I don’t know when it happened, but somewhere along my journey with my boys, I got so tired of hearing “Special Needs”. It just didn’t fit for me. Or for them. It seemed to have lost whatever intention it had started out with…to help our children. Now it was setting my kids apart and almost giving people permission to judge them. I wasn’t too keen on it. Like, at all.
I mean really, what is a special need? It’s something that is different than everybody’s else’s, right? So by defining and describing our children as special needs, we are setting them apart from their peers, from humanity. Isn’t that the exact OPPOSITE of what we want to do?
I don’t have the same needs as my kiddos and my kiddos don’t have the same needs as each other. Because we are human! Because we are unique. Because each of us expresses ourselves differently. We are differently-abled too. Like, my boys are complete badasses when it comes to electronics. I am not. Nope. Not even a little.
So what happens when we label kids “special needs”? They are set apart. They are judged. They get a free pass sometimes and we lower expectations which actually ends up standing in the way of their growth! We put a microscope to everything that they do and forget to allow them to just BE.
But how would that feel to you? If your biting of your nails was a special need. Your smoking. Your thumping of your leg when you are nervous. You need to eat clean or not have lactose. Your introvertedness or your different sleep schedule. If everything you did that wasn’t considered “normal” became a tool for someone to judge you and blame you and discipline you. If the very things that make you, well, you…were used against you to make you different…would you feel free?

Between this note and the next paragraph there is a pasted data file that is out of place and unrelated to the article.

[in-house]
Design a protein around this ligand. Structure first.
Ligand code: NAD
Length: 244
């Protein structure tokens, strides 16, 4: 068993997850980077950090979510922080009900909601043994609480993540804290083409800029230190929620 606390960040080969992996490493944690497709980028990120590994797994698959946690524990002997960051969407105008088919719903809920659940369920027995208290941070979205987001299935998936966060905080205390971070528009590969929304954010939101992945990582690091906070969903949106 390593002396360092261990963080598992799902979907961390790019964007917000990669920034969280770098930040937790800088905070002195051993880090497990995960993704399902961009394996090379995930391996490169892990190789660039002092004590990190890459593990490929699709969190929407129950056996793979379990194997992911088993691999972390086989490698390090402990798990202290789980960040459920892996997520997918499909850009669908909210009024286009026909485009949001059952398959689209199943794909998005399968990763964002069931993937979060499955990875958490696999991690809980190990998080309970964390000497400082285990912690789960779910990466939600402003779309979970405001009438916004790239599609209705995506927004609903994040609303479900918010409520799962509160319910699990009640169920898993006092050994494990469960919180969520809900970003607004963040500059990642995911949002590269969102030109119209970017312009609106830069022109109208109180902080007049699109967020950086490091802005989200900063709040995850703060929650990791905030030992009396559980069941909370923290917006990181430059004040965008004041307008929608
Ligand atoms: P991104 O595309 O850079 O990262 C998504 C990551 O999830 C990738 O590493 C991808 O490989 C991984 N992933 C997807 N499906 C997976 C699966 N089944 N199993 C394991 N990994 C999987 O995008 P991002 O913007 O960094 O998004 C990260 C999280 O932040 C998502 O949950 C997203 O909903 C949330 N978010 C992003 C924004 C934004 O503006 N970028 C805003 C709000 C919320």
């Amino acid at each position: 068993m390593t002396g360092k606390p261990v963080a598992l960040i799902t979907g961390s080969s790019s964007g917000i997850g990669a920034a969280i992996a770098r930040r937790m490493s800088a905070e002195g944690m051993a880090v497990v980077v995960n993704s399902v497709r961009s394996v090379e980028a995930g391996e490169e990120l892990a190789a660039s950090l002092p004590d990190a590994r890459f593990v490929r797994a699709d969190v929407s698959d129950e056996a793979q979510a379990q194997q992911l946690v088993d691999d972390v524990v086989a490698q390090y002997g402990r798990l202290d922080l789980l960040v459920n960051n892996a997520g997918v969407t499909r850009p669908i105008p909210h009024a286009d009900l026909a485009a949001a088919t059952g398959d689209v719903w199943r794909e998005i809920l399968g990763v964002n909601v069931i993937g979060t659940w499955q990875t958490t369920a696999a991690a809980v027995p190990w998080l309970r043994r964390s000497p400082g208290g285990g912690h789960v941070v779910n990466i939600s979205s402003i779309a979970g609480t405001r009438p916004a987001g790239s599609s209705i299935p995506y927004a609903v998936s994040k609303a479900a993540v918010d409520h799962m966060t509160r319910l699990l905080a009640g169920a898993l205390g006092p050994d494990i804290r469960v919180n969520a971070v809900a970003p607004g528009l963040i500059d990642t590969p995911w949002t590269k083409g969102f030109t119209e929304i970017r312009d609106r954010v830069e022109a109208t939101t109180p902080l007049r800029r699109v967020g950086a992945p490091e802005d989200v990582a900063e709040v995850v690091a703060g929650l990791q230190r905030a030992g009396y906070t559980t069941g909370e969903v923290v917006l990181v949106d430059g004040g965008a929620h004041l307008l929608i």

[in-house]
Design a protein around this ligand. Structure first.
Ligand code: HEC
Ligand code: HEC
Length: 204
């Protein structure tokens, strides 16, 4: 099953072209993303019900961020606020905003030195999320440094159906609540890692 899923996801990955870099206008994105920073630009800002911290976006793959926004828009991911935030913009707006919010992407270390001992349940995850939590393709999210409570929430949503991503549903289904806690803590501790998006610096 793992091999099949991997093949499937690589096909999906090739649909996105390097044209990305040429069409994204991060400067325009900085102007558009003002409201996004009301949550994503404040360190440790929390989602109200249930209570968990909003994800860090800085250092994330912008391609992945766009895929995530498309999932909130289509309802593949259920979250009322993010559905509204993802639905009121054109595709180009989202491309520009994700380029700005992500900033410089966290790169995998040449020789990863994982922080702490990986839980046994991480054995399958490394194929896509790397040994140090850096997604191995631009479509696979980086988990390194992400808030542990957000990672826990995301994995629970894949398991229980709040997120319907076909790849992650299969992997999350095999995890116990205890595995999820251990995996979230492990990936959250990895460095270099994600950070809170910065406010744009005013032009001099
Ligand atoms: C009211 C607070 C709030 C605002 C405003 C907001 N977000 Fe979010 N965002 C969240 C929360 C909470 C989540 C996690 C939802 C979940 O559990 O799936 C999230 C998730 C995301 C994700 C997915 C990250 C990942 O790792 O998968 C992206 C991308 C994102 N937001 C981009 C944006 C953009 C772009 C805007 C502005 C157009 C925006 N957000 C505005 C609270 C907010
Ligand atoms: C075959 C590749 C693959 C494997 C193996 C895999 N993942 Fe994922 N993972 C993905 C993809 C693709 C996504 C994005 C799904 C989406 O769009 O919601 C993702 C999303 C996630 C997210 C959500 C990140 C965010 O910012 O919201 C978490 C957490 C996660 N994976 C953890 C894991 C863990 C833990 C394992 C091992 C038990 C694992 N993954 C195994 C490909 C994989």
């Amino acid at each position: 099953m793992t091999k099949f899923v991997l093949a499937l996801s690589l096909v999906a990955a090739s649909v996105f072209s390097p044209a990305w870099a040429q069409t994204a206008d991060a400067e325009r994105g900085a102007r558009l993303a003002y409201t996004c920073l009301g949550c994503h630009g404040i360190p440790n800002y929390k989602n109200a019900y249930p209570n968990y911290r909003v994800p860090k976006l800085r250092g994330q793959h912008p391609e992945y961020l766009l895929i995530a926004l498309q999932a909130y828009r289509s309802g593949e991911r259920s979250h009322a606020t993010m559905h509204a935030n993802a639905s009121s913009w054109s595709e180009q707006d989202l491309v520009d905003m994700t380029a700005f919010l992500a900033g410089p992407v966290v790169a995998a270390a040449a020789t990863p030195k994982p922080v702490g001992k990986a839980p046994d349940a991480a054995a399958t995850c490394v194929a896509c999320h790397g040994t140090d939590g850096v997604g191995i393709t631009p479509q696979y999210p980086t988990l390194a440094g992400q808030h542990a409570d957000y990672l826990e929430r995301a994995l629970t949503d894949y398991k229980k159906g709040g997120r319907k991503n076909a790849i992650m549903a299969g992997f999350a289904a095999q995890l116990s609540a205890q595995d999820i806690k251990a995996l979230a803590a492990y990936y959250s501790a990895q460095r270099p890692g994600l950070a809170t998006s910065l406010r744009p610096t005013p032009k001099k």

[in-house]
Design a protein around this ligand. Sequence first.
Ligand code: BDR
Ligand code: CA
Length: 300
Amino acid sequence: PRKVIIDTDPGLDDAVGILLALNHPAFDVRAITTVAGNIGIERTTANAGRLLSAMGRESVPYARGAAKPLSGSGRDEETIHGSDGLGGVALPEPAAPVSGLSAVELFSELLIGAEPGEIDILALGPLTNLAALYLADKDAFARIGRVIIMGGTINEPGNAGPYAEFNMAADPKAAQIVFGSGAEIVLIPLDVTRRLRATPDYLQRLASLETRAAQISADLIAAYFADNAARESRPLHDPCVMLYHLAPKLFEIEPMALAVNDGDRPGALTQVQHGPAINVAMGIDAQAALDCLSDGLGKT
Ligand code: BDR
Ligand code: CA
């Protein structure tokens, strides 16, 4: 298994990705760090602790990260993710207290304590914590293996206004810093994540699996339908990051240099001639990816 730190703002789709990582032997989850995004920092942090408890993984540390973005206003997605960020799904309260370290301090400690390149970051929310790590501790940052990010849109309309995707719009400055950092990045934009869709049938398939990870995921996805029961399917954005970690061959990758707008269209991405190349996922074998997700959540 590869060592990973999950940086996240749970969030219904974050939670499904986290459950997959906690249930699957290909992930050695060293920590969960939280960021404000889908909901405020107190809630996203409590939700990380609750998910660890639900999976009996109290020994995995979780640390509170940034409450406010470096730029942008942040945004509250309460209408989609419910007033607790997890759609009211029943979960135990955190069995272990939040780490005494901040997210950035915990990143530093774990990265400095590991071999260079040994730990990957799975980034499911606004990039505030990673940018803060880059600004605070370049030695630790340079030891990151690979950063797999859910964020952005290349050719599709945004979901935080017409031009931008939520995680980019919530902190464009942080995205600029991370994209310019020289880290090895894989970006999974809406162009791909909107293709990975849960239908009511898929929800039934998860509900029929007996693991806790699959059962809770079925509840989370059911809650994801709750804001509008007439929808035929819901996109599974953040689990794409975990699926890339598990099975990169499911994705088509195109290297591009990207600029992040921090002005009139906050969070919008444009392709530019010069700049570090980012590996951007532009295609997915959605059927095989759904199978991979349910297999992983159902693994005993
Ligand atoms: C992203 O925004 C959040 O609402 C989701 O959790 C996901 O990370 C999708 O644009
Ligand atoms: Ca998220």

I think not.
No two people are the same. Not in need or ability. Isn’t that a beautiful thing?! I love having three differently-abled children, it makes life interesting. Colorful. Educational. Having three special needs kiddos was hard, isolating and full of stigma. People pitied me. Told me I was cursed. Told me I was a saint. No. I’m just a Mom doing her best, like every other Mom.
What makes my kiddos special is their personality, their character, their essence. Their soul. What they need and what they are able to do, just makes them human. Different from the next person. Not less. Not handicapped. Not disabled. Just different.
Seeing them through this lens has helped me to step out of their way and allow them to accept challenges, mature, grow, and succeed.
So, for every professional who has called my boys “special needs”, I say thanks but no thanks. I’m going to call them what they are. Amazing human beings with the potential to do great things. The same as EVERY. BODY. ELSE.
With love,
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